“Women occupy an ever greater place in Senegalese society. They regulate home life, are responsible for children's education, and moreover are called on ever more frequently to contribute to the economic resources of the household. This is why the women of our group wish to work together to find opportunities to develop revenue-generating activities. For a start, the group wishes to request a loan of 400,000 francs ($850), a sum which will be shared among the members of our group. Since our association is composed of subgroups with different business activities, the loan will be divided equally between the seamstress groups and the traveling sales groups. The loan will be repaid in monthly installments, to be deposited on the tenth of each month.”
Original French business description:
«La femmes occupe de plus en plus une place importante dans la société sénégalaise elle jouent un rôle de régulatrice au sein du ménage elle est la responsable de l’éducation des enfants mais est appelé de plus en plus a participer à la vie économique du ménage .d’ou le désir des membres femmes pour la solidarité et le développement de chercher des activités génératrices de revenues. Cependant pour un début le groupement souhaite disposer d’un prêt de quatre cent mille francs (400 000f cfa), somme qui sera repartie parmi les membres du dit groupement .Ce groupement étant constituer de sous groupe avec des activités différentes, ce prêt sera partage entre les groupes couture et a celui de commerce à part égale ( eux cent mille franc (200 000 f cfa ) .le remboursement sera mensuelle et se fera le 10 de chaque mois»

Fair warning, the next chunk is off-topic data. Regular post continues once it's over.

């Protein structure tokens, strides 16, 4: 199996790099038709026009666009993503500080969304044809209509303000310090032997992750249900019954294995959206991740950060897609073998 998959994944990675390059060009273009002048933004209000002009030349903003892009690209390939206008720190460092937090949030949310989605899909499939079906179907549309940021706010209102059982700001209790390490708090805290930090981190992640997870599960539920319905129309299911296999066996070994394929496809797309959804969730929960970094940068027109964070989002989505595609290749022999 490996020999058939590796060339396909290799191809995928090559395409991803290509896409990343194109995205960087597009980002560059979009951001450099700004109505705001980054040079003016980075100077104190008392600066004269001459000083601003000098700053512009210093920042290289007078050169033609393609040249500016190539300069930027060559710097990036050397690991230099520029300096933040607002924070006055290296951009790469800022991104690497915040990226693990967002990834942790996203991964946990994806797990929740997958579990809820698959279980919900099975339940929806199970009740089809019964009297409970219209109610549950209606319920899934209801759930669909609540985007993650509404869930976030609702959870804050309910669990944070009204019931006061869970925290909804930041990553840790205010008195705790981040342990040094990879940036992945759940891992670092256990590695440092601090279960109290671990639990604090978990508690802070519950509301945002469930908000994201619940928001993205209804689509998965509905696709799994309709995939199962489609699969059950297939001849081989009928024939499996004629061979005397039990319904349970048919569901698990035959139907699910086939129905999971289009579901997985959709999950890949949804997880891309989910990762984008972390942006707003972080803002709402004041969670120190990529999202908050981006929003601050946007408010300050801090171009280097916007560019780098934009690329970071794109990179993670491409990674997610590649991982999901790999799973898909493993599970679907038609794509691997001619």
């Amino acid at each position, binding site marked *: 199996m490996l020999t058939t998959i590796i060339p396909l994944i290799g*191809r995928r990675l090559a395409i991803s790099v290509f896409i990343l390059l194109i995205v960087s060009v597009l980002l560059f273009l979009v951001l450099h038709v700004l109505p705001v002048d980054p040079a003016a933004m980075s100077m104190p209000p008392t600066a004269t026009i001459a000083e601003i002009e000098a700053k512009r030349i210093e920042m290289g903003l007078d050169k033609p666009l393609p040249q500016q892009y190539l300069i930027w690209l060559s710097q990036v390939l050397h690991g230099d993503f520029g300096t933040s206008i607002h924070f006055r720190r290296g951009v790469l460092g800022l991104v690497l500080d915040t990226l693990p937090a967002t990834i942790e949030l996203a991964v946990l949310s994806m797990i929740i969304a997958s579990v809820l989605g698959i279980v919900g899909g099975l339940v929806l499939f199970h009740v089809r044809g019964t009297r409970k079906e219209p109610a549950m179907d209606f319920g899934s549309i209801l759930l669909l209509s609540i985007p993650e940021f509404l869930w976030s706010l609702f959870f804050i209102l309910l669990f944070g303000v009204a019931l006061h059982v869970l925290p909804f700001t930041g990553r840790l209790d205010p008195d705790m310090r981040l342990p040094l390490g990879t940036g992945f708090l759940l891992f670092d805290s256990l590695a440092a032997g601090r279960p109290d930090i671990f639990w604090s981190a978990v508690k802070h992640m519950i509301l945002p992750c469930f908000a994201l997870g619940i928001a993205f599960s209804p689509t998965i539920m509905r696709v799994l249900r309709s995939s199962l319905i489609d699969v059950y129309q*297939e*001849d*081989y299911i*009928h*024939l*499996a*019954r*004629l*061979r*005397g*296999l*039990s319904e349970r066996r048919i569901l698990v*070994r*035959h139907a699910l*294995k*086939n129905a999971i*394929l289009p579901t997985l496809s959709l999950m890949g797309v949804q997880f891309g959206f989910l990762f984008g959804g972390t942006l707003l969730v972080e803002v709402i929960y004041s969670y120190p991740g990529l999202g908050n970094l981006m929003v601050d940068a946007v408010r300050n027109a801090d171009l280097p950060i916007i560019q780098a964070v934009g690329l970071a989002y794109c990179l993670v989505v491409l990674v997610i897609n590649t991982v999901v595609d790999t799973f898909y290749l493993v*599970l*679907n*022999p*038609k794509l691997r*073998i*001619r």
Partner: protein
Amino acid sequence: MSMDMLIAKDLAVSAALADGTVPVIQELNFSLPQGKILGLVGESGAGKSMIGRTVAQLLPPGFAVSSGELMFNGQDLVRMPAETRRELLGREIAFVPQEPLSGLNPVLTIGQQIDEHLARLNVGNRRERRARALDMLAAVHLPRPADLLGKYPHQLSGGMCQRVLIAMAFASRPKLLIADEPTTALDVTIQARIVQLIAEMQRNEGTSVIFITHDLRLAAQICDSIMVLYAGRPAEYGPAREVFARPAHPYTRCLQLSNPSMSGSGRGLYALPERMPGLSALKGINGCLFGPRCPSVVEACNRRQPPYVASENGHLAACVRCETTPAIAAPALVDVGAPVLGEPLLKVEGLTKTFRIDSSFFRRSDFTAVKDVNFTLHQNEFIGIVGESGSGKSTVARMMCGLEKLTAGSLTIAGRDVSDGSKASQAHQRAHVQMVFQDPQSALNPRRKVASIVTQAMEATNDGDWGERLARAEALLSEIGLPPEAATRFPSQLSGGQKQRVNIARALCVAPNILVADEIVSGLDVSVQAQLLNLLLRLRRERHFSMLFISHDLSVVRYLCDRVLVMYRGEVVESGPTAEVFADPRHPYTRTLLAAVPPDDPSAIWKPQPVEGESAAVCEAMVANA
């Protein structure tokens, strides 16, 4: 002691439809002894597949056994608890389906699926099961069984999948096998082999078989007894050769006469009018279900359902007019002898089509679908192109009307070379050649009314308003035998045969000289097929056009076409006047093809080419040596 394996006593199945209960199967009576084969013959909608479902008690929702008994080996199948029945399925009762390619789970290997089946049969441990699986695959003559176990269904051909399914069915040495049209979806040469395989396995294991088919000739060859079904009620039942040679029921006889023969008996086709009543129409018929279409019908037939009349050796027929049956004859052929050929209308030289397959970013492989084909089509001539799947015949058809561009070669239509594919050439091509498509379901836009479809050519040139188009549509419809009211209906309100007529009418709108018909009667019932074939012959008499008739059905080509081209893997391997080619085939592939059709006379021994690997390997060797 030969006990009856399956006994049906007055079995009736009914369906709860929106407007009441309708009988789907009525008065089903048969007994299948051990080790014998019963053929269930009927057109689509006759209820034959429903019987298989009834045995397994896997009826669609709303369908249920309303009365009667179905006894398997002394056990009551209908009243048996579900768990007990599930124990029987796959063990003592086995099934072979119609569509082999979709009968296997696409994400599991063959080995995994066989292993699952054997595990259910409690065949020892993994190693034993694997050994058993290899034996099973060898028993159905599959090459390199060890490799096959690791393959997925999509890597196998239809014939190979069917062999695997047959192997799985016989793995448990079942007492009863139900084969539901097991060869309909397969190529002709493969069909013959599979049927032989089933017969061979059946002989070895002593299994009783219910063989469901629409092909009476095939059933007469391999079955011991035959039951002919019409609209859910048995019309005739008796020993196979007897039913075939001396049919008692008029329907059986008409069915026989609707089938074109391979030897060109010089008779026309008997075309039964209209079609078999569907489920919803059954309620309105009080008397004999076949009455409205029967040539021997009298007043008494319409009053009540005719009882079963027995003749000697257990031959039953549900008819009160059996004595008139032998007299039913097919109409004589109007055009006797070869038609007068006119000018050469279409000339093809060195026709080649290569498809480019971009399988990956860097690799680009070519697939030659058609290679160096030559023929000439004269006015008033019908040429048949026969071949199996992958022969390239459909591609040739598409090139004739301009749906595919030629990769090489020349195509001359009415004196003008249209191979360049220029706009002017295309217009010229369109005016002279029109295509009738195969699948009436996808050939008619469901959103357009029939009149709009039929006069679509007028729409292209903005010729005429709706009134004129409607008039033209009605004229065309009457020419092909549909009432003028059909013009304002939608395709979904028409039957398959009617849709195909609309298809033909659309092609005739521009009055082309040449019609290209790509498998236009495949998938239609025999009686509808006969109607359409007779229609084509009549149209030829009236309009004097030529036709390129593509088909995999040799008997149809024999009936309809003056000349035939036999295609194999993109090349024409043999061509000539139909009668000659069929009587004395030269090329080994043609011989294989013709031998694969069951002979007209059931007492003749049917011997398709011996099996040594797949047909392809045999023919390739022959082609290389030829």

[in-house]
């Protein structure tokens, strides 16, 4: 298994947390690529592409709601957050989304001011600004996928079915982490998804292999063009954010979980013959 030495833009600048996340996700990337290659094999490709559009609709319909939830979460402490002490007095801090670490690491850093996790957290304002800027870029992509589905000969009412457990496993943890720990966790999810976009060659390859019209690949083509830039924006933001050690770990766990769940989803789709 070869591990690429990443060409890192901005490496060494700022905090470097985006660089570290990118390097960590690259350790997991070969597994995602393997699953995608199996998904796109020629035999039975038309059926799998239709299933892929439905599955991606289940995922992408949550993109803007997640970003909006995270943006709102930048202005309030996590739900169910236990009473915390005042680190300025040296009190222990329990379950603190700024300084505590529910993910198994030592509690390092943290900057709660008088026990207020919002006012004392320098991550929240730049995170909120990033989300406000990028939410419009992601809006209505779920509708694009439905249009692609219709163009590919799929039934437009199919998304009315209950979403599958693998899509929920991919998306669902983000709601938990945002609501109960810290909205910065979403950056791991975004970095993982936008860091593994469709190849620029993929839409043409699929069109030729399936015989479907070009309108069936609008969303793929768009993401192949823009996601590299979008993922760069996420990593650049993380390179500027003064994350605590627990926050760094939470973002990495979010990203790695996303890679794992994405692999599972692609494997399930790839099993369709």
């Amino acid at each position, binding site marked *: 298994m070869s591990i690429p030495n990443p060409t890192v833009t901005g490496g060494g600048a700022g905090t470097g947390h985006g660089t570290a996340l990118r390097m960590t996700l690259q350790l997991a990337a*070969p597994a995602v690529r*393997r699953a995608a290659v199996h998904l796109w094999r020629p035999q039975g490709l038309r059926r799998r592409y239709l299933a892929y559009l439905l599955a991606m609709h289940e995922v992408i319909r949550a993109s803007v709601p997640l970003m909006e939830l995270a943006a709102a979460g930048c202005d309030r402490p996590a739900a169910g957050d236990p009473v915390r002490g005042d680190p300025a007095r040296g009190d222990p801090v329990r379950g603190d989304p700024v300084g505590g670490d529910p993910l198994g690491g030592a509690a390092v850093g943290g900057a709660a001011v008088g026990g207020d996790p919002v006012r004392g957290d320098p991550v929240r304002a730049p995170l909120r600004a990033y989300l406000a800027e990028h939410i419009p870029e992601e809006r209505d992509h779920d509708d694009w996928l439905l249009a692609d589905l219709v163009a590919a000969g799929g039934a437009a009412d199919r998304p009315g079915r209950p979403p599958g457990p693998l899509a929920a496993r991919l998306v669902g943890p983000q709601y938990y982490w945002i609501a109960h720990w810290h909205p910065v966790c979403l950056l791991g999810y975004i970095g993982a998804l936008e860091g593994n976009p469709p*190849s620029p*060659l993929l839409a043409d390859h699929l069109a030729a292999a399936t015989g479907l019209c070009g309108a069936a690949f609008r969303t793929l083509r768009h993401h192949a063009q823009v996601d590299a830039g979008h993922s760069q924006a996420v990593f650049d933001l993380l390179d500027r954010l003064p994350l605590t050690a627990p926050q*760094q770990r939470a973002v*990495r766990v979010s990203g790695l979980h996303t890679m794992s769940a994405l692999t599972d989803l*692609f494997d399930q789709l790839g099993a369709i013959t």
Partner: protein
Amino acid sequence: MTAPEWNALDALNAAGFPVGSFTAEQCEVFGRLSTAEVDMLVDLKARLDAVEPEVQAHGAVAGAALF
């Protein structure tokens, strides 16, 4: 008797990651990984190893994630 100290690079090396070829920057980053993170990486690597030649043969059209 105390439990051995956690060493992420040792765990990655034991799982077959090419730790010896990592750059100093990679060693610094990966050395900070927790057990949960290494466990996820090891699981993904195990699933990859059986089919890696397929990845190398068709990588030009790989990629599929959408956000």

Senegal is one of the world’s poorest countries, yet its solid democratic tradition and highly developed associational life distinguish it from other countries in its income group. Especially remarkable are Senegal’s networks of rotating savings and credit associations, known as tontines. Commonly organized by groups of twenty to thirty housewives who live in the same village, the tontines provide poor women throughout the country with small loans to finance modest income-generating activities. Repayment rates within these associations are excellent, because they are based on local reputation and personal trust between the members. However, their financial resources are limited to the contributions of their members, frequently subsistence farmers with very little disposable income. This has prevented the traditional tontines from meeting the demand for rural microenterprise loans and restricted their impact on the economic development of their communities. The SEM Fund works to bridge this gap by linking traditional village credit associations with outside sources of finance.
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